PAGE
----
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Emerging markets: LCPs shake up small business finance

Innovators at work: Local capital providers (LCPs) transform small business finance in emerging markets, according to a survey by the Collaborative for Frontier Finance (CFF). Photo: Supplied
Innovators at work: Local capital providers (LCPs) transform small business finance in emerging markets, according to a survey by the Collaborative for Frontier Finance (CFF). Photo: Supplied

Small businesses in emerging markets have long been recognised as crucial drivers of inclusive growth and resilience in the face of economic challenges. However, access to financing has remained a persistent obstacle for these enterprises.

In response, an innovative asset class of nonbank financial players, known as local capital providers (LCPs), is emerging in Africa and the Middle East, demonstrating the potential to bridge the financing gap for small businesses with ticket sizes ranging from $100 000 to $1 million.

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The latest survey findings from the Collaborative for Frontier Finance (CFF), authored by Dr Susan de Witt, Drew von Glahn, and Zee de Gersigny, shed light on the unique characteristics and strategies of LCPs.

The survey focuses on 60 LCPs collectively targeting a capital raise of $1.46 billion to support small businesses. These LCPs have already financed over 1 200 enterprises, making a significant impact in their markets. Key survey findings include:

Diverse fund managers

The survey revealed that 60% of these locally-based fund managers are women-led, reflecting a growing trend of diversity in fund management teams. All the funds surveyed reported against the 2x criteria, emphasising their commitment to achieving positive social and environmental impact alongside financial returns.

LCPs use innovative investment instruments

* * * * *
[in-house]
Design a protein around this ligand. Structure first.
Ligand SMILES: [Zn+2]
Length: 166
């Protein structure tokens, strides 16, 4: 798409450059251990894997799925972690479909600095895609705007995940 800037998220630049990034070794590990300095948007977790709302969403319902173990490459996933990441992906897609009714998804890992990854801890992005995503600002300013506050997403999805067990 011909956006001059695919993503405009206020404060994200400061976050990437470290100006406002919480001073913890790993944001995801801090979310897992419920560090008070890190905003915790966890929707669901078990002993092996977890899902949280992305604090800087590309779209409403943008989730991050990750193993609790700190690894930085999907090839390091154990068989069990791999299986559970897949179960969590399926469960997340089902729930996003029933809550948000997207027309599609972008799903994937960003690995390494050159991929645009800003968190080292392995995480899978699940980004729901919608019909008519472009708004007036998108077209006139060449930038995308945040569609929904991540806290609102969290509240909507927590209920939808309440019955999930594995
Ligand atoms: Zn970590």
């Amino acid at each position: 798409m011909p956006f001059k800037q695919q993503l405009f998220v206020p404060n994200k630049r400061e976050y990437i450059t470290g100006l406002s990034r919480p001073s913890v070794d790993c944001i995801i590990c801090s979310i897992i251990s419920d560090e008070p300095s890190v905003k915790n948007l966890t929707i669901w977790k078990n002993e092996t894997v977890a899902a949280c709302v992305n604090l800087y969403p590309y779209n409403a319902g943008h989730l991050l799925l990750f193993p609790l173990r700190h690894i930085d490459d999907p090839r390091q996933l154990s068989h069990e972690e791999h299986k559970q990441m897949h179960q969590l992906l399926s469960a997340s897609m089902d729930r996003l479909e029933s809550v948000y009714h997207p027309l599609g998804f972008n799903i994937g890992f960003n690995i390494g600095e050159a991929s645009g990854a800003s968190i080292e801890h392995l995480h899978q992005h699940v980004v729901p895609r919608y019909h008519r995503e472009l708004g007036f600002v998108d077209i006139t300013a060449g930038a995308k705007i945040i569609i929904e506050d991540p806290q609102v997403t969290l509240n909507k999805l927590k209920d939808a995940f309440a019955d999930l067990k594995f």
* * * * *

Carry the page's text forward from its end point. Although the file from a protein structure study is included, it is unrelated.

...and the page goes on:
A significant 60% of LCPs employ a combination of self-liquidating and equity investment tools. Notably, there’s a growing preference for self-liquidating models, driven by concerns related to exit strategies. These innovative approaches are essential for providing appropriate capital to small businesses in challenging markets.

Managing cash flow

Many LCPs, approximately 60%, are raising funds that are sub $30 million in size. To manage cash flow effectively during the initial stages of fund life, they utilize instrument selection, innovative fee structures, and strategic alliances.

Diverse funding sources

While 35% of current funding raised comes from high net worth individuals, fund of funds and domestic institutional LP contributions are on the rise year-on-year. This diversification of funding sources indicates growing confidence in the LCP model.

Impact aligned with UN SDGs

All fund managers in the survey reported alignment with the United Nations Sustainable Development Goals (SDGs), underlining the importance of impact investing. They utilise tools like the 2x criteria and IRIS+ to ensure their investments contribute to positive social and environmental outcomes.

Focus on agriculture

Agriculture dominates the sector focus of these funds, with 55% of funds reporting a significant allocation to this sector. Given that agriculture employs a significant portion of the population in Africa, this emphasis aligns with local economic priorities.

Accelerators and ecosystem support

Half of the fund managers surveyed have their own accelerators, which play a vital role in sourcing deals and providing ongoing support to portfolio companies. This ecosystem approach contributes to the success of LCPs.

Tailored investment tenors

The majority of LCPs target investments with a tenor of 4-7 years, matching global market norms. This aligns with the needs of small businesses at various stages of growth.

Follow-on investments

LCPs recognise the importance of follow-on investments, with most permitting them. This is critical for supporting businesses in their early stages of capital raising and enabling them to scale.

The findings of this survey highlight the significant impact LCPs are making in addressing the financing needs of small businesses in Africa and the Middle East. However, it also underscores the importance of support and investment capital from development institutions, institutional investors, and national small business finance programs to ensure the continued growth and resilience of the small enterprise ecosystem in these regions.

Local capital providers are pioneering innovative solutions to the financing challenges faced by small businesses in challenging markets. Their efforts have the potential to transform the landscape of small business finance in Africa and the Middle East, contributing to sustainable economic growth and social development.

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